Graded on a Curve:
Rod Stewart,
Every Picture Tells
a Story

The Decline and Fall of Roderick David Stewart is one of rock’s great tragedies. Five years, tops, is how long it took for “Rod the Mod”—the lovable rogue with the rooster-cut and the great cackle whose unique talents as a singer and songwriter gave us the magnificent Every Picture Tells a Story—to transform himself into “Rod the Bod,” the sleazy, self-proclaimed sex symbol and trend-following hack who bequeathed us “Hot Legs” and “Do Ya Think I’m Sexy?”

Since then Stewart has released a slew of desultory LPs (does anybody remember 1983’s Body Wishes or 1988’s appropriately titled Out of Order? If so, you have some explaining to do) and reinvented himself as an interpreter of popular song via his five “volumes” of The Great American Songbook. (Me, I prefer unpopular song. As Oscar Wilde once noted, “Everything popular is wrong.”) And I’m forced to ask: Am I the only one who wonders what happened? Because Stewart’s precipitous plummet from genius to sex goat is nothing less than a riddle wrapped in an enigma, or to be more accurate a mystery wrapped in the awful suit he’s wearing on the cover of Body Wishes, which makes him look like Don Johnson in flames.

Stewart’s singing career began in the early sixties, and he played in some half-dozen bands including The Steampacket (with Long John Baldry and Brian Auger) and The Jeff Beck Group before joining The Faces at about the same time he released his first solo LP, 1969’s The Rod Stewart Album. Rod was an ambitious lad, splitting his time between the Faces and his solo work and somehow managing to put out both a Faces album and a solo album nearly every year. Unlike the Faces’ rough-edged but smart good-times rock’n’roll, Stewart’s solo albums tended to cover the waterfront from rock, country, R&B, to folk.

Stewart’s first two LPs—for which he basically dragooned the Faces as a backup band—didn’t chart particularly well, although they included such excellent songs as “Handbags and Gladrags,” “Cut Across Shorty,” and “Gasoline Alley.” So come LP no. 3, Stewart tried a different approach, limiting the input of the Faces (excepting guitarist Ron Wood) to basically one tune—a cover of The Temptations’ “(I Know) I’m Losing You”—in favor of a sound that accentuated the mandolin of Lindsay Raymond Jackson (of Lindisfarne infamy), the violin of Dick Powell, and the 6,000 different guitars of Ron Wood.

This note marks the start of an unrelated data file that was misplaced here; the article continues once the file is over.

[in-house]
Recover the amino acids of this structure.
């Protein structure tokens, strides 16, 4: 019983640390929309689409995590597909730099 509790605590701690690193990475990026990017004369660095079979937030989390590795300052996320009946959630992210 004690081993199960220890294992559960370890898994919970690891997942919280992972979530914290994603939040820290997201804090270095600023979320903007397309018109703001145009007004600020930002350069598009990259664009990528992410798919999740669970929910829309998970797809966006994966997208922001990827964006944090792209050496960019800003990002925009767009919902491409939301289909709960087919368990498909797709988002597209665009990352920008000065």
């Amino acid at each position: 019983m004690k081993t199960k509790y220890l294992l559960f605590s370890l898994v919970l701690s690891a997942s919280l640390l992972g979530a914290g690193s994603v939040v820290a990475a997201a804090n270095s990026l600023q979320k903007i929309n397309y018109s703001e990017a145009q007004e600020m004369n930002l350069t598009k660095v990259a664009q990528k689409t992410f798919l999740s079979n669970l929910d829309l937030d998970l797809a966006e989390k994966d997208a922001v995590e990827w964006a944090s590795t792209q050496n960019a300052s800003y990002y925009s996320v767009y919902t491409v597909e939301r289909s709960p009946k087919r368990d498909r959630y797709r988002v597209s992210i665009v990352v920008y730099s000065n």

The result was 1971’s Every Picture Tells a Story, an astonishing and timeless LP that soared to the top of both the US and UK charts. But what a motley assortment of tunes! Folk songs by Tim Hardin and Bob Dylan rubbed shoulders with the Faces’ hard-rocking Temptations cover and hoary Elvis chestnut “That’s All Right,” while standing off to the side trying not to attract attention was a folk-rocker by one Theodore Anderson, who nobody anywhere seems to know anything about, while standing front and center were three brilliant Stewart originals, “Maggie May,” the title track, and “Mandolin Wind.”

Of these, I may as well admit that I don’t much like is “That’s All Right.” Only that’s not exactly true. I actually love “That’s All Right,” with its sheer propulsion, great muffled drumming, excellent piano, and Wood’s wizardry on what is either a slide guitar or an old acoustic guitar. What I hate is the way it inexplicably segues into “Amazing Grace,” a song that doesn’t appear on the album credits and in my humble opinion shouldn’t appear on the LP either. I knew a woman named Grace once, and the only amazing thing about her was her ability to lie through her tooth.

Stewart’s take on Dylan’s “Tomorrow Is a Long Time” is lovely, and highlights Powell’s fine violin, features lots of nicely strummed guitar, and boasts some great pedal-steel guitar by Wood. There are no drums, but then again the song’s intricate guitar play and that violin are simply too pretty for drums, and this tune was built to soar, not to be kept earthbound by any boom boom boom. “Seems Like a Long Time” is another beautiful number, with its great piano opening, cool drumming, and very fine guitar solo by Wood. And then there are the great choruses—on which Stewart is joined by Maggie Bell, Mateus Rose, and Rod’s old mate Long John Baldry—which remind me, with their almost gospel feel, of some of the choruses on Exile on Main Street.

And the loveliness just increases with Stewart’s cover of Tim Hardin’s “(Find a) Reason to Believe.” It opens with some nice piano followed by an organ, and the interplay between the two is otherworldly. Then those muffled drums come in and the song picks up a little propulsion, and Powell plays a very sweet violin solo. And on the song goes, until it stops and starts again, and organ, piano, violin, drums, and bass commence to dance a lovely round while Stewart’s voice increases in volume, he lets out a little “woo!”—and the song fades out.

“(I Know) I’m Losing You” sounds like classic Faces, with the lads playing it loose and rough. Wood’s opening guitar is super-funky, ditto Ronnie Lane’s bass, and they’re soon joined by Ian McLagan’s piano. Then Stewart comes in singing, followed by Kenny Jones’ monstrous drumming, and the groove that follows is as hard as nails. Then the song stops and the boys commence humming. Until first Stewart, then the piano, and finally the rest of the band come back in, kicking it as hard ever. “Get out!” cries Stewart as the band breaks into one whale of an instrumental, which is followed by the one and only drum solo I’ve ever liked in my whole life. And then some more stuff happens, but who cares? I like a fucking drum solo!